Notwithstanding its reputation as one of the educationally disadvantaged states in Nigeria, Jigawa has many tertiary institutions spread, although unevenly, across the five emirates.
Tertiary institutions in Jigawa emirates
1. School of Business and Management Studies, now (Jigawa State Polytechnic, Dutse).
2. Federal University, Dutse.
3. School of Nursing and Midwifery, Birnin Kudu.
4. School of Health and Technology, Jahun.
5. National Open University, Dutse Centre.
1. Sule-Lamido University, Kafin-Hausa.
2. Bilyaminu Usman Polytechnic, Hadejia.
3. School of Nursing and Midwifery, Hadejia.
4. Assalam International University, Hadejia (Private under construction).
5. National Open University, Hadejia Centre.
1. Federal Polytechnic, Kazaure.
2. Jigawa State Informatics Institute, Kazaure.
3. College of Education, Kazaure.
1. Jigawa State College of Education and Legal Studies, Ringim.
2. College of Remedial and Advanced Studies (JICORAS), Babura.
3. School of Midwifery, Babura.
4. Khadija University, Majia (Private).
5. National Open University, Ringim Centre.
1. Federal College of Education (FCE), Gumel.
2. Ahmad Sani College of Health Technology (Private).
3. National Sport University (under construction) owned by National Olympics Committee.
4. Livestock Investigation and Breeding Centre (under state government).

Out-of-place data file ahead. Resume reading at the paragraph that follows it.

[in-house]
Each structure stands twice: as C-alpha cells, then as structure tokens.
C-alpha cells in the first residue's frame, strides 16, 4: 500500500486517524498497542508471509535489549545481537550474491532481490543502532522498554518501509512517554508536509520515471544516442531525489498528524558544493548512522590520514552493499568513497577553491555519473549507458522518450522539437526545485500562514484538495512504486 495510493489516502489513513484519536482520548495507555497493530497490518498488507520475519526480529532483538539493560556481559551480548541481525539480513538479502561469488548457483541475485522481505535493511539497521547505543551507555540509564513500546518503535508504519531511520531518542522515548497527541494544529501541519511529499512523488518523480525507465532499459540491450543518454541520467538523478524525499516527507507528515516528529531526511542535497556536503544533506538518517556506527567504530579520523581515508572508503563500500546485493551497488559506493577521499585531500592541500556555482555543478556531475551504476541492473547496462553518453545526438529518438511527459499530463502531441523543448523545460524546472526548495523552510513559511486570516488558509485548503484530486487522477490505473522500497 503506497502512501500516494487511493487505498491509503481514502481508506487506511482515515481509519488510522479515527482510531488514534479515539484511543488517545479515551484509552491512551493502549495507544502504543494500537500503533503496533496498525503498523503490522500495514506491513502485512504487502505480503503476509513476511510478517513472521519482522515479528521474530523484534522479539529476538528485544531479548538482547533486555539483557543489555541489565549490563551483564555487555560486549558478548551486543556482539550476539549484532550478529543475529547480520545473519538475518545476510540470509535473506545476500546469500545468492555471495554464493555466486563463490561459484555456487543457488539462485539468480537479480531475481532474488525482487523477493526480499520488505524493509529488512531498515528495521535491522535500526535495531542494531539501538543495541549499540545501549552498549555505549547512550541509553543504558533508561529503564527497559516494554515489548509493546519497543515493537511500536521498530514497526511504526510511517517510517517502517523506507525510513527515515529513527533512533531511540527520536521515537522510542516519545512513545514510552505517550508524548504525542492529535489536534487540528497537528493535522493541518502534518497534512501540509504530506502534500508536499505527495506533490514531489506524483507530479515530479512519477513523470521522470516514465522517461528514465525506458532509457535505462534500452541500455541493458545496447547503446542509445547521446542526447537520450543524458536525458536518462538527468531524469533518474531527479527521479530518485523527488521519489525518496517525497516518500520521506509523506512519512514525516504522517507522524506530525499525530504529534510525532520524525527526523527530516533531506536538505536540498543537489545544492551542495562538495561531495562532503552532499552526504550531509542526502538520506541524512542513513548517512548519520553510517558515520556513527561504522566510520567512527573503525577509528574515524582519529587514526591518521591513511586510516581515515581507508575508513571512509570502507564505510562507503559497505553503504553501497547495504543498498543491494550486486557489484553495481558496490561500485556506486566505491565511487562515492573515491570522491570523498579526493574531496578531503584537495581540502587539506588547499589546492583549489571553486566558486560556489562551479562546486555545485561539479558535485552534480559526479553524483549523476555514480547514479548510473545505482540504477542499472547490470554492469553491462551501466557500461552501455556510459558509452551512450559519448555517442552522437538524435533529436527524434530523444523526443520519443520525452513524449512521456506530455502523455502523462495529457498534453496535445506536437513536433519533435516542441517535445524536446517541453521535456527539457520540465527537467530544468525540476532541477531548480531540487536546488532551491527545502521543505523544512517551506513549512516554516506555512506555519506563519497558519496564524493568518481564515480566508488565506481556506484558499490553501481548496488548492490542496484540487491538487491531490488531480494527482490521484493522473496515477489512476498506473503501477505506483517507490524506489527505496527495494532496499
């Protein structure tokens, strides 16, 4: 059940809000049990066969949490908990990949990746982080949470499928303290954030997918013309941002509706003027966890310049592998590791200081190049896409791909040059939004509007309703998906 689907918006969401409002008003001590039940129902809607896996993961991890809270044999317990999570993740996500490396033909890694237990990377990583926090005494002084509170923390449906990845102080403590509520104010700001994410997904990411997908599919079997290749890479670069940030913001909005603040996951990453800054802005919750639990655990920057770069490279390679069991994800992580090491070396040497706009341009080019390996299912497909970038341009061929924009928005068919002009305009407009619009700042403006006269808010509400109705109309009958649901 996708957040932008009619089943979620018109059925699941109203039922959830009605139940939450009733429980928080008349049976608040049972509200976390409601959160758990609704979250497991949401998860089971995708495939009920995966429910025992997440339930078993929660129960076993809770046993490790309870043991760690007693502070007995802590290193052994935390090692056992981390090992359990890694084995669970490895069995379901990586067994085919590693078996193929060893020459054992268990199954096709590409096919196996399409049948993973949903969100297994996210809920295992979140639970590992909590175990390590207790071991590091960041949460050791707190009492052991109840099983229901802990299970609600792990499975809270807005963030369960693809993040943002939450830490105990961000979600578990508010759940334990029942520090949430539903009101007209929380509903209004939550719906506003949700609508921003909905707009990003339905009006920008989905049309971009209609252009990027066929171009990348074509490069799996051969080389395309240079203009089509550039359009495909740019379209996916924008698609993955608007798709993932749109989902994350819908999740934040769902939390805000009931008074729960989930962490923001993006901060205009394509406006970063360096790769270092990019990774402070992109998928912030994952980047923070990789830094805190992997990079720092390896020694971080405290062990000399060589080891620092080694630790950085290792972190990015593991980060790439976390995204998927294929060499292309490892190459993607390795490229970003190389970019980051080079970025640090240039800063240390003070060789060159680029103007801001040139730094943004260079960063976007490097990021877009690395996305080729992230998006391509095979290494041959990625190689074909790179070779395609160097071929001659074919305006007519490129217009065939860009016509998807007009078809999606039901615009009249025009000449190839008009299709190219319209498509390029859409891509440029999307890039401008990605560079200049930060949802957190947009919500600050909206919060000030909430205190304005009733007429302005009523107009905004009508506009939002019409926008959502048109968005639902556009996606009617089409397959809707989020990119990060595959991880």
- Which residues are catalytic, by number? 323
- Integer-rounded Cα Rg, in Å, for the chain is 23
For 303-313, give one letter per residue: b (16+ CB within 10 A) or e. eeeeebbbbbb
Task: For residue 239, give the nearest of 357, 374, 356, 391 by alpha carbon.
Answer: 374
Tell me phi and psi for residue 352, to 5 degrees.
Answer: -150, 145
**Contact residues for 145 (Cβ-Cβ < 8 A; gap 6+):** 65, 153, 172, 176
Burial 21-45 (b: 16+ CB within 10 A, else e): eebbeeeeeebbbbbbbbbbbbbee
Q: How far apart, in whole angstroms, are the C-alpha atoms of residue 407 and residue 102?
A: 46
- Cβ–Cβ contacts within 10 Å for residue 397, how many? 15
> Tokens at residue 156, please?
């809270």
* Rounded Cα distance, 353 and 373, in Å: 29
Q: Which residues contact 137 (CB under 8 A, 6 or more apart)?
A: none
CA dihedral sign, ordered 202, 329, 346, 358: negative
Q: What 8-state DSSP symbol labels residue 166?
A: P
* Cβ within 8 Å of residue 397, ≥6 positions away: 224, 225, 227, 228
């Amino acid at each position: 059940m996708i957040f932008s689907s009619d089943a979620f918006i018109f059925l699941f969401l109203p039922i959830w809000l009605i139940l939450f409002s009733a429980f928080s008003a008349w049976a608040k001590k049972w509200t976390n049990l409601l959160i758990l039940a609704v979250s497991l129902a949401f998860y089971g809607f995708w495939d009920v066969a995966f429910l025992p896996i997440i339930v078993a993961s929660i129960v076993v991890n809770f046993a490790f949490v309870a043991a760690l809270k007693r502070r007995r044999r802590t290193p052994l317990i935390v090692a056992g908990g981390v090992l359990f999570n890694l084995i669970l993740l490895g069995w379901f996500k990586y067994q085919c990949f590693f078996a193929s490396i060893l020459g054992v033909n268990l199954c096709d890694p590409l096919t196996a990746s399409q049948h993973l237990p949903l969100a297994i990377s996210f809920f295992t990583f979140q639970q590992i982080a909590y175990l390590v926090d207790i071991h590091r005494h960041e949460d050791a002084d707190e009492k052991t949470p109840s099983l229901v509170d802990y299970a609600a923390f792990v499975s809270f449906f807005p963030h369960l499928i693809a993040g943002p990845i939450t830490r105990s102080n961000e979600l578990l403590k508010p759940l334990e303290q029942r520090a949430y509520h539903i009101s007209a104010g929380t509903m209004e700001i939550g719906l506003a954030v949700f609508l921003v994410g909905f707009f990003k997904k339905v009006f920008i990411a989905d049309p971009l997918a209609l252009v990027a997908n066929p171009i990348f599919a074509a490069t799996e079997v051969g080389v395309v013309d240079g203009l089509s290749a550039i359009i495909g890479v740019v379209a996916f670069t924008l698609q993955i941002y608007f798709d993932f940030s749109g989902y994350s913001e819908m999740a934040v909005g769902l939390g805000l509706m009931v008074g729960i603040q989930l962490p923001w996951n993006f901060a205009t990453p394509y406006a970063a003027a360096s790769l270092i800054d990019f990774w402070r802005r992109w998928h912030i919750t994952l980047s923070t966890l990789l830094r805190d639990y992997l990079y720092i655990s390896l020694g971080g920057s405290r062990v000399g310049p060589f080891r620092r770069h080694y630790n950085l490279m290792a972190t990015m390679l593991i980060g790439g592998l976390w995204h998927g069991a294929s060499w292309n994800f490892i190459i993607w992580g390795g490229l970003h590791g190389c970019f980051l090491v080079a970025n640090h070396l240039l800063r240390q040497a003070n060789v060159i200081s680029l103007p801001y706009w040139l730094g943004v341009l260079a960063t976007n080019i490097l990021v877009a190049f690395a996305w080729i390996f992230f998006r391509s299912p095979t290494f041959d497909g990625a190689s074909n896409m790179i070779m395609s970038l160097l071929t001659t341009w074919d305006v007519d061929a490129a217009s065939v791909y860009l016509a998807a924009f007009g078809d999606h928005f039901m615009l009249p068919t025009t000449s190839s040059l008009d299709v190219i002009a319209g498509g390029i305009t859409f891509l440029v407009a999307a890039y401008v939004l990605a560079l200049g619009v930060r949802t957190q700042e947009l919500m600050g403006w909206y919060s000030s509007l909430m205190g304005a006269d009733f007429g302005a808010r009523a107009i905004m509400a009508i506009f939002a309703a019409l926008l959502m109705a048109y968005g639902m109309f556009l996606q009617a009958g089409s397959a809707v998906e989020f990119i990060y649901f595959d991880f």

Announcement renewed emirate rivalry
Following the announcement of the new federal university, individuals and groups in Jigawa began to campaign for it to be located emirate councils.
Ahmed Ilallah, a public affairs commentator from Hadejia Emirate, hailed the federal government for the decision to site one of the new universities in Jigawa, which he noted is one of the most educationally disadvantaged states in Nigeria. He said that status was due to alleged poor treatment of the parts that eventually became Jigawa, when they were in the old Kano State.
Mr Illallah said following its creation in 1991, the state inherited only a campus of the Kano State College of Education, which was later upgraded to College of Education Gumel by the new state government in 1991. He said it was during the administration of President Olusegun Obasanjo that Hussaini Adamu Polytechnic was established in Kazaure in the Northwest Senatorial District of the state.
In 2011, when former President Goodluck Jonathan established 12 federal universities, he sited one in Dutse in the Central Senatorial District of Jigawa.